Following Vaskova was eighth seed Morrocan Bahia Mouhtassine, another Al Habtoor veteran.

Bahia fought back from the brink in the first set after being down 4-5 and against serve in the 10th to force out a 7-6 tie break decision in her favour against Belarusian Olga Barabanchiko.

Olga made amends with better controlled volleying and cross court shots to clinch the second set 6-3 and broke through Bahia’s armoury against serve in the ninth of the third set for 5-4 before wrapping up the issue 6-4 on her serve.

Stocky Bahia, rated 142 in the world, looked a tired player in the rubber against her taller and strongly built opponent. Her deep volleying suffered most as the returns without much punch were punished at will by the Belarusian world number 433.

Leading the seeds’ charge was Angelique with her superior court craft and intelligent play against Nedejda who found the going tough against the 17-year-old Bandung based Indonesian.

Angelique has the distinction of perhaps being the only player to have won a WTA tournament on debut when she won the previous $170,000 Bali Open. Angelique was then ranked 579 in the world and was given a wild card into the main draw on the strength of her being a promising local junior.

She has not looked back since.

Seeded six here and rated 128 in the world currently, Angelique found the conditions here to her liking. “The game was good but my opponent made a lot of errors on both hands,” she said.

Backed by her personal coach and ex-Indonesian Davis Cupper, Deddy Tedjamukti, the wiry Indonesian schoolgirl who these days only attend school part-time because of her fast improving status in the tennis world, won the first set 6-1 after breaking early against Nedejda.

The first set lasted hardly 18 minutes and the second went a few minutes longer because Nedejda was able to find better depth in her returns which the clever Angelique countered with a change in pace.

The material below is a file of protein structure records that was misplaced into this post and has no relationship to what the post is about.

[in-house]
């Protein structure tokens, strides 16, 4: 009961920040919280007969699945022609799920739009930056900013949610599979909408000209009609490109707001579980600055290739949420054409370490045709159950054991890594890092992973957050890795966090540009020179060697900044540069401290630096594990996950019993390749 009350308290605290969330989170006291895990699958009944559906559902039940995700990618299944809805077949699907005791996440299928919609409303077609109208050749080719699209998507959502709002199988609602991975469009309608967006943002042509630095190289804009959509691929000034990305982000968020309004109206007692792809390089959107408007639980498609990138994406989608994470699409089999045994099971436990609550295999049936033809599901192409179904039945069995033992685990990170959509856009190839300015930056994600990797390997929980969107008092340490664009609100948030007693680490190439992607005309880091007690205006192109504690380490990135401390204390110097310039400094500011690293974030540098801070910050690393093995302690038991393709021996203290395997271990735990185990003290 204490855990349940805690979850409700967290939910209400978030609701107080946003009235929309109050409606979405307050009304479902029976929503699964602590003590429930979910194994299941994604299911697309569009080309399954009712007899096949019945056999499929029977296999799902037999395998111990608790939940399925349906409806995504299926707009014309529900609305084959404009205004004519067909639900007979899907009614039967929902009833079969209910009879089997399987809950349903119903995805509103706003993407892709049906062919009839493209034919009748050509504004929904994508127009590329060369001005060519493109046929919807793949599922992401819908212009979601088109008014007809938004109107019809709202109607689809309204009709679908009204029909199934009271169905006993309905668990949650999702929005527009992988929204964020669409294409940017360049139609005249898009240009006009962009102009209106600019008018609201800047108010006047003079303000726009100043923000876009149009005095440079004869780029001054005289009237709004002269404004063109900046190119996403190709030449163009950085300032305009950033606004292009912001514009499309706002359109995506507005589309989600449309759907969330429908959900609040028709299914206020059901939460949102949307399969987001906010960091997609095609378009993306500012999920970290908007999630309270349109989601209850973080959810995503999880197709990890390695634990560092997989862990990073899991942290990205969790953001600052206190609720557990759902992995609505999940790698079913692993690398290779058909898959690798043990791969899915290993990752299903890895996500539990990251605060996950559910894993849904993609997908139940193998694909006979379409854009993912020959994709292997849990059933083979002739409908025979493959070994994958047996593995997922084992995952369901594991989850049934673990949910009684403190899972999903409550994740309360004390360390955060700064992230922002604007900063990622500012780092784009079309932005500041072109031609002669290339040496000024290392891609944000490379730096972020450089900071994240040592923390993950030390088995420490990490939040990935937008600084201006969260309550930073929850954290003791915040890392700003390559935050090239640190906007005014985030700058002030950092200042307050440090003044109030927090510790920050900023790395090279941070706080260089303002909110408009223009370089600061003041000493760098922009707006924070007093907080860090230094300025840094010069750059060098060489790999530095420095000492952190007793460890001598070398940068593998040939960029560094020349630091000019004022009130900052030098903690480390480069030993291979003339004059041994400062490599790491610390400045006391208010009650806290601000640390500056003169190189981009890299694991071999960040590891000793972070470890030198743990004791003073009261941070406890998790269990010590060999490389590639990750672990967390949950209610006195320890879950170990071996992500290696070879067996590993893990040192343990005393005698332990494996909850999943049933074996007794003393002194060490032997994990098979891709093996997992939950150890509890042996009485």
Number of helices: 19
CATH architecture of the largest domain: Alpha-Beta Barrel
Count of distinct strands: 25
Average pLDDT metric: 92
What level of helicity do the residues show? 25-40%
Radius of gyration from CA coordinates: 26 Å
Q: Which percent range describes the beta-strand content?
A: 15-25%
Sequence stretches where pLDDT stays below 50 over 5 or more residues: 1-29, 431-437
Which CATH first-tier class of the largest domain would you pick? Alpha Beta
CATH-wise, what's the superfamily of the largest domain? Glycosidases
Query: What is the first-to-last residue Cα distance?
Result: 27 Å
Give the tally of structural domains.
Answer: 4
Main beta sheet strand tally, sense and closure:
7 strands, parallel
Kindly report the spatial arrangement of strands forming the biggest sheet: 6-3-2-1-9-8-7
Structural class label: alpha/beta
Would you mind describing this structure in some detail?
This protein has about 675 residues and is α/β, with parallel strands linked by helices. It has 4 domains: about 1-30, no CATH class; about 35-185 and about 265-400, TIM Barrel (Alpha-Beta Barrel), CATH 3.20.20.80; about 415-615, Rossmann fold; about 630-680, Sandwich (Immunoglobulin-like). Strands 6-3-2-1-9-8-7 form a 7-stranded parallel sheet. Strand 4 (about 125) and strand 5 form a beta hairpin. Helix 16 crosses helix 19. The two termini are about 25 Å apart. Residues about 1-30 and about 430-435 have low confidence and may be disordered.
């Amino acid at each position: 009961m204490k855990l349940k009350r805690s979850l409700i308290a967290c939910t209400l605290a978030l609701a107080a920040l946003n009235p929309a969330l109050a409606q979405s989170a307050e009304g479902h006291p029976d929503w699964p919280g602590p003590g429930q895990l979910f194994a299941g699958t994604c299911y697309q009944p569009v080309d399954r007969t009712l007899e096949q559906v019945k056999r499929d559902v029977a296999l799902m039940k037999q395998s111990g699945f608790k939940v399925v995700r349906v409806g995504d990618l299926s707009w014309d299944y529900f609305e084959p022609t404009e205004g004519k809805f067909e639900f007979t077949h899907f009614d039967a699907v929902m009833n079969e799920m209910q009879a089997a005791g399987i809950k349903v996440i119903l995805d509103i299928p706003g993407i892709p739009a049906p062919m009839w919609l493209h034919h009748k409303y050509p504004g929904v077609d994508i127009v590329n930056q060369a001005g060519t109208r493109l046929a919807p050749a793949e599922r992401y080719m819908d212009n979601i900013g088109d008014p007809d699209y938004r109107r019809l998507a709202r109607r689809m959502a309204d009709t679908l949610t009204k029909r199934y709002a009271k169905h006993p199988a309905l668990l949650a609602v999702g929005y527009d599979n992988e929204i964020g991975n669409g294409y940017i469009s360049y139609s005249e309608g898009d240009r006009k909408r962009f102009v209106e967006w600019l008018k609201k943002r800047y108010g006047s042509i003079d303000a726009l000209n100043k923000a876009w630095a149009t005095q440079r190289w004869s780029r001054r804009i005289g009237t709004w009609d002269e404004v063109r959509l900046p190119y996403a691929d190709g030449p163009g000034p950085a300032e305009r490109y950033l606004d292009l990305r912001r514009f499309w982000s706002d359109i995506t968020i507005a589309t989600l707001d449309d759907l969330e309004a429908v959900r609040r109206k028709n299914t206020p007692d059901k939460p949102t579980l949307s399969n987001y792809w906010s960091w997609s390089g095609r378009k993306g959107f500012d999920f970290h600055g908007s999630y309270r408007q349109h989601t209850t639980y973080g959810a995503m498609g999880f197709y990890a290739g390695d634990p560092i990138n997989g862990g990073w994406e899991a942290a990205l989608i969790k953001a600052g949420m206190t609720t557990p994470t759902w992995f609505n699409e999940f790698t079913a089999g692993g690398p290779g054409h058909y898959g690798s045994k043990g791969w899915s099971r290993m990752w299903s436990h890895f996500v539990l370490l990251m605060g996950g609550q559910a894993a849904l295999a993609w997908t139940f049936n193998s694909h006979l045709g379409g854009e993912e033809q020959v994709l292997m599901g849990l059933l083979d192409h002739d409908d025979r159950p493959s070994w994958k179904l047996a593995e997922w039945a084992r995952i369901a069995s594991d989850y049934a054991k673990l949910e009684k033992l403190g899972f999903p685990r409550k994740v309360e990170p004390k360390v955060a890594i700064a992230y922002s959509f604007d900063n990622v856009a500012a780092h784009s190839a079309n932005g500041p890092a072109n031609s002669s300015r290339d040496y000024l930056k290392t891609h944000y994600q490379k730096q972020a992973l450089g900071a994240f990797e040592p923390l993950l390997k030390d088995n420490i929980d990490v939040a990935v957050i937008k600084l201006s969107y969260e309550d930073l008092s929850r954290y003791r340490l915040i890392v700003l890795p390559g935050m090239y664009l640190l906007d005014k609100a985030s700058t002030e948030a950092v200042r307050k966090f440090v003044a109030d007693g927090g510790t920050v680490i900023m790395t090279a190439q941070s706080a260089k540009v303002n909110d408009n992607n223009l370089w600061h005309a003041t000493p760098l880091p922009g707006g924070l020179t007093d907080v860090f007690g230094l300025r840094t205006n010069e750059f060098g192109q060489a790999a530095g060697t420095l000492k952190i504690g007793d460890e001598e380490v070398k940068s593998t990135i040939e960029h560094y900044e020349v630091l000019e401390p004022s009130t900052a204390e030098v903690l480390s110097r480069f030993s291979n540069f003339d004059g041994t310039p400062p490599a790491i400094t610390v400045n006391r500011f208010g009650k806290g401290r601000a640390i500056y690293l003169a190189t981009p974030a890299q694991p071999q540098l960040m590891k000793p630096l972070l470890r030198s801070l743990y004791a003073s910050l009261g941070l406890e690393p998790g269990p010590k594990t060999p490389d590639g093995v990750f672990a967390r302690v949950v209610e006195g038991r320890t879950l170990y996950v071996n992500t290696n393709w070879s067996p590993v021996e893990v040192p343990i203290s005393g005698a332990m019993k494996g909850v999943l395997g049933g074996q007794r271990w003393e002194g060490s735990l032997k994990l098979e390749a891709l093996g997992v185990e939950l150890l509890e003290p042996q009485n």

Angelique varied in her approach strokes by including the chip near the net and indulged in some serve and volley tactics to catch Nedejda on the wrong foot. Angelique’s forte, the forehand, hit with a lot of power but without much sound during impact between the ball and the strings, had the Belarusian baffled.

Denmark’s second seed Eva Dyrberg was to meet Italian Roberta Vinci in a late night game.

Angelique next runs into Al Habtoor senior, Frenchwoman Laurence Andretto and if she clears this, will probably have an interesting quarter-final clash with Eva in the bottom half.

Also in the bottom half, world 100 Seda Noorlander, who has big victories in her name against some of the big names in the WTA circuit, had a quick 6-2, 6-2 victory over team-mate Yvette Basting in a first round fixture.

Venezuelan debutant here, Maria Vento-Kabchi downed Luxembourg’s Claudine Schaul 6-0, 6-3, again in the bottom half.

Fifth seed Czech lady Klara Koukalova kept her second round appointment intact with a 7-5, 6-3 scoreline against German Adriana Barna of Germany.

Last year’s runner-up fourth seeded Aniko Kapros from Hungary was quick to get her second round warm-up with a 6-4, 6-0 first hurdle clearance over French entry Lea Girardi.

Austria’s Patricia Wartusch had to work hard for her 4-6, 7-5, 6-2 top half first round encounter against Italian Flavia Penetta.

In a clash of the qualifiers, Russian Ekaterina Syssoeva defeated Hong Kong’s top player Tong Ka Pong 6-2, 6-4.

In doubles action, the Klemenschits twins (Austria), Daniela and Sandra, sailed past Caroline-Ann Basu (Germany) and Maria Pavlidou 6-1, 6-2 while Russian pair Ekaternia and Goulnara Fattakhetdinc ousted Christine Fitz (Germany) and Eugenia Subbotina (Belarus) 7-5, 6-2.

TheBoiledEgg
Apr 6th, 2002, 09:25 AM
THURSDAY
Aniko, Seda sent out in Habtoor Challenge
By Moni Mathews

TWO big seeds went out of the Al Habtoor Tennis Challenge on Day 4 at the Metropolitan Resort and Beach Club (MR&BC) yesterday.

The first blow came when the experienced senior Tour player from the Netherlands Seda Noorlander lost 1-6, 2-6 to qualifier Ekaterina Syssoeva of Russia in the pre-quarterfinal on Court 3.

Runner-up last year, Aniko Kapros (Hungary), seeded four this time, went down tamely to Japanese world number 168 Shinobu Asagoe 3-6, 1-6, later in a Court 1 last 16 encounter.

The others joining the quarter-final lineup yesterday were the second seed Eva Dyrberg of Denmark who withstood Venezuelan number one Maria Vento-Kabchi’s attacking baseline play for a 7-6, 6-4 win, and fifth seed Klara Koukalova of the Czech Republic who had to wage a three-hour plus battle against team-mate Eva Krejcova before scampering home 4-6, 6-3, 6-4.

In the quarter-finals starting at 4pm today, Indonesia’s Angelique Widjaja meets Eva in what should be a clash worth going all the way to watch at Mina Seyahi, where MR&BC is located.